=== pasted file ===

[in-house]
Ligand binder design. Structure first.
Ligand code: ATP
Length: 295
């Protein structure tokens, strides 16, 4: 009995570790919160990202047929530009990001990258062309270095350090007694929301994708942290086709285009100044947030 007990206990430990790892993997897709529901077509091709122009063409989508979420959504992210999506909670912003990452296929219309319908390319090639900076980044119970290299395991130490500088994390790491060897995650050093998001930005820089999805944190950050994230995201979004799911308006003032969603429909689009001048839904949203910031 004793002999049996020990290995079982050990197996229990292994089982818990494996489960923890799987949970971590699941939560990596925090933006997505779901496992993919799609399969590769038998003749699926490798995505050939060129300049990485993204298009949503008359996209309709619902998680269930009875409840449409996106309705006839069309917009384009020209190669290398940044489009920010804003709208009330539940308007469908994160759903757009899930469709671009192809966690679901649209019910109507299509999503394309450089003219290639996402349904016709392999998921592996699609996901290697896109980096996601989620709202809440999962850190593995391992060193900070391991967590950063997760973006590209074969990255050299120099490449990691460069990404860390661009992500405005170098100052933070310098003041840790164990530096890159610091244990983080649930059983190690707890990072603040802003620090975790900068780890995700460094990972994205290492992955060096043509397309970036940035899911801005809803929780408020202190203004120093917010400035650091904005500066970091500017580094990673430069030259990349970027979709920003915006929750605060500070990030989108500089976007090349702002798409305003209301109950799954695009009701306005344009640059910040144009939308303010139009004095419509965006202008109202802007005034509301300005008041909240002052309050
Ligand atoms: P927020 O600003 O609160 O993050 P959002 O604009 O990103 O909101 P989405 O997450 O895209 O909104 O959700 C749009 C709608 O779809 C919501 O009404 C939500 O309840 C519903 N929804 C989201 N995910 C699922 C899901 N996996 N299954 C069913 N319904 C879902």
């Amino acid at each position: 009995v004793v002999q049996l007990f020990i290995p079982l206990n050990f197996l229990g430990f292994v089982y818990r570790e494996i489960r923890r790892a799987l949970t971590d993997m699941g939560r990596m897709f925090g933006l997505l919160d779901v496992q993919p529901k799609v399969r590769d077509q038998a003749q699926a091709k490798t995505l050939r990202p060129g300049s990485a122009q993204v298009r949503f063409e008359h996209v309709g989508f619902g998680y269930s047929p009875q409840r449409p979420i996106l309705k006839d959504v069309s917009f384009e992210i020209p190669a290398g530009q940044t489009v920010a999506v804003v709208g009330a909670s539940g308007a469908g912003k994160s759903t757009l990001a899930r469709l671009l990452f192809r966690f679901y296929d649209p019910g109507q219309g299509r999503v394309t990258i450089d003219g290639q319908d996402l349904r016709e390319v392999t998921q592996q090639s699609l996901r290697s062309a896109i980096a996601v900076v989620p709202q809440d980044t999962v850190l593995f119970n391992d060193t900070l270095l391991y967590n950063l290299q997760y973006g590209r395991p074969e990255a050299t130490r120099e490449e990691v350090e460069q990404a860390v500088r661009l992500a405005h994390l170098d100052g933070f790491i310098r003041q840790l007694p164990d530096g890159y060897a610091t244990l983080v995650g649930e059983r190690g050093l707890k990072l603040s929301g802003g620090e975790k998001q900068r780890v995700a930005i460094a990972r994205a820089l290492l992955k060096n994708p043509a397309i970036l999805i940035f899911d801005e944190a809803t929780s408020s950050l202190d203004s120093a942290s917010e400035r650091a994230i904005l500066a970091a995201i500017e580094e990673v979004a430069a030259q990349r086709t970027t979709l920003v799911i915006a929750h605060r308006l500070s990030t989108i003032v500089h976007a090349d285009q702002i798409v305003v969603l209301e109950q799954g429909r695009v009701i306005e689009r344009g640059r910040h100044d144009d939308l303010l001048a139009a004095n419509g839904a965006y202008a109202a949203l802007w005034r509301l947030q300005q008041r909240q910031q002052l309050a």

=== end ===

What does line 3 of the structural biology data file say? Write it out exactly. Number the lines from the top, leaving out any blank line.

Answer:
Ligand code: ATP